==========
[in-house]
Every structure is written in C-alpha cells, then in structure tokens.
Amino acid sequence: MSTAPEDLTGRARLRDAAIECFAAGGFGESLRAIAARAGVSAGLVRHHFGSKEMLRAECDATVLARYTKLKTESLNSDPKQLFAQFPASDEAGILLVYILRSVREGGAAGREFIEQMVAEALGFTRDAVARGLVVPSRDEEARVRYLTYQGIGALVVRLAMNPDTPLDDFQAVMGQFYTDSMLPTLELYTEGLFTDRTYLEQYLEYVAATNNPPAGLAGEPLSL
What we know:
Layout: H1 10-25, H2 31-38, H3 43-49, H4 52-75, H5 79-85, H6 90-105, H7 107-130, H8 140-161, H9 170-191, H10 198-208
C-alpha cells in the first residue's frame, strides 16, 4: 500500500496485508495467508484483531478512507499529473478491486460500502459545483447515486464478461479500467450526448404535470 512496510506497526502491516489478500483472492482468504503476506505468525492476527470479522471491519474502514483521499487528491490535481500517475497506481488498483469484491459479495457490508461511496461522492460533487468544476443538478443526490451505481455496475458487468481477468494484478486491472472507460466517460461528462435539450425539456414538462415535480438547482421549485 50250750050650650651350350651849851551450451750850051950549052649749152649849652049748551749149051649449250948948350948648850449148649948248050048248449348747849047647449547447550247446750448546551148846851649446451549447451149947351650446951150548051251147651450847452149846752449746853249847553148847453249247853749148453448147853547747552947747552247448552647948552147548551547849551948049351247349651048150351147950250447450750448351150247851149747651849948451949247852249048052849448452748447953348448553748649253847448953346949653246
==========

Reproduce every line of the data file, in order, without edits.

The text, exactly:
[in-house]
Every structure is written in C-alpha cells, then in structure tokens.
Amino acid sequence: MSTAPEDLTGRARLRDAAIECFAAGGFGESLRAIAARAGVSAGLVRHHFGSKEMLRAECDATVLARYTKLKTESLNSDPKQLFAQFPASDEAGILLVYILRSVREGGAAGREFIEQMVAEALGFTRDAVARGLVVPSRDEEARVRYLTYQGIGALVVRLAMNPDTPLDDFQAVMGQFYTDSMLPTLELYTEGLFTDRTYLEQYLEYVAATNNPPAGLAGEPLSL
What we know:
Layout: H1 10-25, H2 31-38, H3 43-49, H4 52-75, H5 79-85, H6 90-105, H7 107-130, H8 140-161, H9 170-191, H10 198-208
C-alpha cells in the first residue's frame, strides 16, 4: 500500500496485508495467508484483531478512507499529473478491486460500502459545483447515486464478461479500467450526448404535470 512496510506497526502491516489478500483472492482468504503476506505468525492476527470479522471491519474502514483521499487528491490535481500517475497506481488498483469484491459479495457490508461511496461522492460533487468544476443538478443526490451505481455496475458487468481477468494484478486491472472507460466517460461528462435539450425539456414538462415535480438547482421549485 50250750050650650651350350651849851551450451750850051950549052649749152649849652049748551749149051649449250948948350948648850449148649948248050048248449348747849047647449547447550247446750448546551148846851649446451549447451149947351650446951150548051251147651450847452149846752449746853249847553148847453249247853749148453448147853547747552947747552247448552647948552147548551547849551948049351247349651048150351147950250447450750448351150247851149747651849948451949247852249048052849448452748447953348448553748649253847448953346949653246